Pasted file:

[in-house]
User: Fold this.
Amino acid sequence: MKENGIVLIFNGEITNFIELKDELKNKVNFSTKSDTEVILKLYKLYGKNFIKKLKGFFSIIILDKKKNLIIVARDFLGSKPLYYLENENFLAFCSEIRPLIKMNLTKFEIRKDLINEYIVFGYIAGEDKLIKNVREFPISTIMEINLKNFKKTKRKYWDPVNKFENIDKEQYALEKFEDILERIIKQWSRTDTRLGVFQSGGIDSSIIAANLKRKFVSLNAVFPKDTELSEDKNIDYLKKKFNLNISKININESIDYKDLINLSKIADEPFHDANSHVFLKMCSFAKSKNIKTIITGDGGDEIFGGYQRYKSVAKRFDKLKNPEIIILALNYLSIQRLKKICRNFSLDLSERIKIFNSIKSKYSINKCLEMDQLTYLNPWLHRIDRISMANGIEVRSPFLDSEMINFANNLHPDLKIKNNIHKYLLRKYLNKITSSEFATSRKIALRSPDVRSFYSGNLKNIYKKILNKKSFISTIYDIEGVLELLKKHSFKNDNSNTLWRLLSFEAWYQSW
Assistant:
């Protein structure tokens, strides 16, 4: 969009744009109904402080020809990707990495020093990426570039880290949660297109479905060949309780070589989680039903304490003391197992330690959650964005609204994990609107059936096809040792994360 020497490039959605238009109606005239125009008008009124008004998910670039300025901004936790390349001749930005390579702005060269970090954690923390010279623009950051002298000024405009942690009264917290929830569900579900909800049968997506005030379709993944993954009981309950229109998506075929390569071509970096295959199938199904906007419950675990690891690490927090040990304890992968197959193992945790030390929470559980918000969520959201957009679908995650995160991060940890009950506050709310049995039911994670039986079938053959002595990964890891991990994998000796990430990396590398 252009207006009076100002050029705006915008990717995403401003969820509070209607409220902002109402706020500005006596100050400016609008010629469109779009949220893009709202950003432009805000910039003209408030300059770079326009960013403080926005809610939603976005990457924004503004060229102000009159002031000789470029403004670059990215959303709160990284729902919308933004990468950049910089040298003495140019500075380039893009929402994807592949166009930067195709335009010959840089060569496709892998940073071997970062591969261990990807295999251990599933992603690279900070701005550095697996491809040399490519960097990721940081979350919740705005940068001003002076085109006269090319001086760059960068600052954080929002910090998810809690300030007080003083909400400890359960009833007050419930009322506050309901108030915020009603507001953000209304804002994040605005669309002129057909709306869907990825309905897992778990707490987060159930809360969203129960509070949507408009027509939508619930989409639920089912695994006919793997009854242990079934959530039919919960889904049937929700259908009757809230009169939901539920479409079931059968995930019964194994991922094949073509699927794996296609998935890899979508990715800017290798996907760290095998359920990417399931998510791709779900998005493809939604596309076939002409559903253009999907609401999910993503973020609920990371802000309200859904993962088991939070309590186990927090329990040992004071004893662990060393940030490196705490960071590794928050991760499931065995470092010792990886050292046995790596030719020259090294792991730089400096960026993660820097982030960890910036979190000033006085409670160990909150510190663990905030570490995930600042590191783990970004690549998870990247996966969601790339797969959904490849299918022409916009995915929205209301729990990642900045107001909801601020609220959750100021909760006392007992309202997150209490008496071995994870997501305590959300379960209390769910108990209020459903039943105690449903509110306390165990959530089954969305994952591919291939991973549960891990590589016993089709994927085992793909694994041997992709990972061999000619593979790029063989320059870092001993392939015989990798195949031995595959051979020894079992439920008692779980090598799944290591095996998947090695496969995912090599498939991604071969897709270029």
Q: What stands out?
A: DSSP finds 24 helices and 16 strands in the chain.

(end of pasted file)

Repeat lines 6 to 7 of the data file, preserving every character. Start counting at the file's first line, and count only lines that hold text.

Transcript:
Q: What stands out?
A: DSSP finds 24 helices and 16 strands in the chain.